Todd Bennington | Kingdom Exploration Media
OPEC and non-OPEC producers agreed last Thursday to extend oil production cuts that were set to expire in March until the end of next year. A meeting to review the agreement with an eye toward making any necessary adjustments has been scheduled for June.
Citing also the uncertainty surrounding social and political changes occurring in Saudi Arabia, at least one analyst predicts this could mean oil could reach $80 per barrel next year. 
Other factors potentially affecting oil prices include how the political situations in places like Libya, Nigeria, Venezuela, and Iraqi Kurdistan stabilize or deteriorate – as well as how U.S. producers react to price increases.
“If producers in the U.S. increase their rig count over the next few months due to higher prices then I expect another price collapse by the end of 2018,” an executive with one of the Permian Basin’s largest producers is quoted by Reuters as saying. “I hope that all U.S. shale companies will maintain their current rig counts and use all excess cash flow to increase dividends back to their shareholders.”
Dr. Cyril Widdershoven writes in a recent article at Oilprice.com that the liberalizing reforms and anti-corruption push of Saudi Crown Prince Mohammed bin Salman (MBS), as well as potential Arab conflict with Iran and its proxies such as Hezbollah, may very well cause a dramatic and sustained increase in oil prices. That is certainly true, but at what cost?
Widdershoven is dismissive of investors around the world who have expressed fears that MBS has “overplayed his hand, causing instability in the country and the region” through his arrest of various prominent Saudi royals and businessmen. Widdershoven goes on to laud MBS for “being unafraid to make dramatic changes to outdated social structures within the kingdom.”
It seems more likely that investors’ fears are well-founded. MBS has made far more enemies than friends among the Saudi establishment through his brash moves. Neither is it clear that Saudi society is destined to keep moving along a trajectory of Western-style reform without significant pushback.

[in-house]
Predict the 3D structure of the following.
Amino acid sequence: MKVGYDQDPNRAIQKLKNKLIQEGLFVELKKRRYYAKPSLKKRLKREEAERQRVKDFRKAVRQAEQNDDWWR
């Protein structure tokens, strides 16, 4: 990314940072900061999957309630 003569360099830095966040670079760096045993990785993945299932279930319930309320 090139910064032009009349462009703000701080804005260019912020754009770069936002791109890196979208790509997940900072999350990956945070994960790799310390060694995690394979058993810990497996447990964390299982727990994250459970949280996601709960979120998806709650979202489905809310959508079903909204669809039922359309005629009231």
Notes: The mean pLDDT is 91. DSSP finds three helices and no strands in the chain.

MBS also represents a serious potential liability for the United States. With U.S. support first given by the Obama administration, the Saudis are currently presiding over a blockade of the impoverished country of Yemen in an effort to punish the Houthi rebels who have taken control of much of that country. But, of course, it’s children, the elderly, and the infirm who are bearing the brunt of the imposed shortage of food and medical supplies, and the situation is developing into a politically embarrassing humanitarian disaster.
Likewise, with less than half the population of Iran, the Saudis would likely need U.S. backing to prevail in any prolonged military engagement. After Afghanistan, Iraq, and Syria, it’s questionable whether at this juncture that’s something that the U.S. would be willing to commit itself to.
Some very optimistic investors are betting that oil prices will rise out of the current $50-per-barrel doldrums, with interest in $100 call options for December 2018 having tripled this past week.   But is such an increase at all a possibility, much less realistic, when we’ve seen so much talk about peak demand and oil prices being likely to remain stagnant for as far as is foreseeable? Here’s what a few industry analysts and pundits who expect significantly higher future prices have to say on the matter.